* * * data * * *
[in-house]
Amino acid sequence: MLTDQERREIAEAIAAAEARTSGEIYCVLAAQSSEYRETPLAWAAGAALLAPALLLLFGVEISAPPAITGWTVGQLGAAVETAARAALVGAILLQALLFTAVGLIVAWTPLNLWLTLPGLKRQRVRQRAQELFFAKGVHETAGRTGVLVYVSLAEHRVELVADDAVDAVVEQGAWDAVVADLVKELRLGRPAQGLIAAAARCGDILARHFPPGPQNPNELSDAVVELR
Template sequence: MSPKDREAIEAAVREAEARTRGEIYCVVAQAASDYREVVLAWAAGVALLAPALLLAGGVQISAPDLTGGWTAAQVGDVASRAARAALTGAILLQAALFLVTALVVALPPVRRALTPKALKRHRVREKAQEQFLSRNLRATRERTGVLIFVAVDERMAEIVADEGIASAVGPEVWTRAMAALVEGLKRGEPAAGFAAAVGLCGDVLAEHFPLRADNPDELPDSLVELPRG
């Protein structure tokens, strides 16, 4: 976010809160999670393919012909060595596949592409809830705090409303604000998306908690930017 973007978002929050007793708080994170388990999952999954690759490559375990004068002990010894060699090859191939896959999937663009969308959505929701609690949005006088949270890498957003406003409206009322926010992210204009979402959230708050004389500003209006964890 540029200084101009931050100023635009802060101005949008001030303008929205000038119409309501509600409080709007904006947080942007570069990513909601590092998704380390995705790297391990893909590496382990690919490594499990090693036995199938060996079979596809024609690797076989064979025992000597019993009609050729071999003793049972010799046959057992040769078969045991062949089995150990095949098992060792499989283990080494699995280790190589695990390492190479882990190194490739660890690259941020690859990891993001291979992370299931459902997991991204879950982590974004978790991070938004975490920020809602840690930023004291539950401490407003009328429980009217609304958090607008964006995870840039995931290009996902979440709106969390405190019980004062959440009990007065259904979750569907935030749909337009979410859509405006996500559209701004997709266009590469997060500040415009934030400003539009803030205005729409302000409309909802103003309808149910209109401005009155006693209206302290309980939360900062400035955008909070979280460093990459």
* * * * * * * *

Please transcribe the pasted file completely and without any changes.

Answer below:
[in-house]
Amino acid sequence: MLTDQERREIAEAIAAAEARTSGEIYCVLAAQSSEYRETPLAWAAGAALLAPALLLLFGVEISAPPAITGWTVGQLGAAVETAARAALVGAILLQALLFTAVGLIVAWTPLNLWLTLPGLKRQRVRQRAQELFFAKGVHETAGRTGVLVYVSLAEHRVELVADDAVDAVVEQGAWDAVVADLVKELRLGRPAQGLIAAAARCGDILARHFPPGPQNPNELSDAVVELR
Template sequence: MSPKDREAIEAAVREAEARTRGEIYCVVAQAASDYREVVLAWAAGVALLAPALLLAGGVQISAPDLTGGWTAAQVGDVASRAARAALTGAILLQAALFLVTALVVALPPVRRALTPKALKRHRVREKAQEQFLSRNLRATRERTGVLIFVAVDERMAEIVADEGIASAVGPEVWTRAMAALVEGLKRGEPAAGFAAAVGLCGDVLAEHFPLRADNPDELPDSLVELPRG
């Protein structure tokens, strides 16, 4: 976010809160999670393919012909060595596949592409809830705090409303604000998306908690930017 973007978002929050007793708080994170388990999952999954690759490559375990004068002990010894060699090859191939896959999937663009969308959505929701609690949005006088949270890498957003406003409206009322926010992210204009979402959230708050004389500003209006964890 540029200084101009931050100023635009802060101005949008001030303008929205000038119409309501509600409080709007904006947080942007570069990513909601590092998704380390995705790297391990893909590496382990690919490594499990090693036995199938060996079979596809024609690797076989064979025992000597019993009609050729071999003793049972010799046959057992040769078969045991062949089995150990095949098992060792499989283990080494699995280790190589695990390492190479882990190194490739660890690259941020690859990891993001291979992370299931459902997991991204879950982590974004978790991070938004975490920020809602840690930023004291539950401490407003009328429980009217609304958090607008964006995870840039995931290009996902979440709106969390405190019980004062959440009990007065259904979750569907935030749909337009979410859509405006996500559209701004997709266009590469997060500040415009934030400003539009803030205005729409302000409309909802103003309808149910209109401005009155006693209206302290309980939360900062400035955008909070979280460093990459």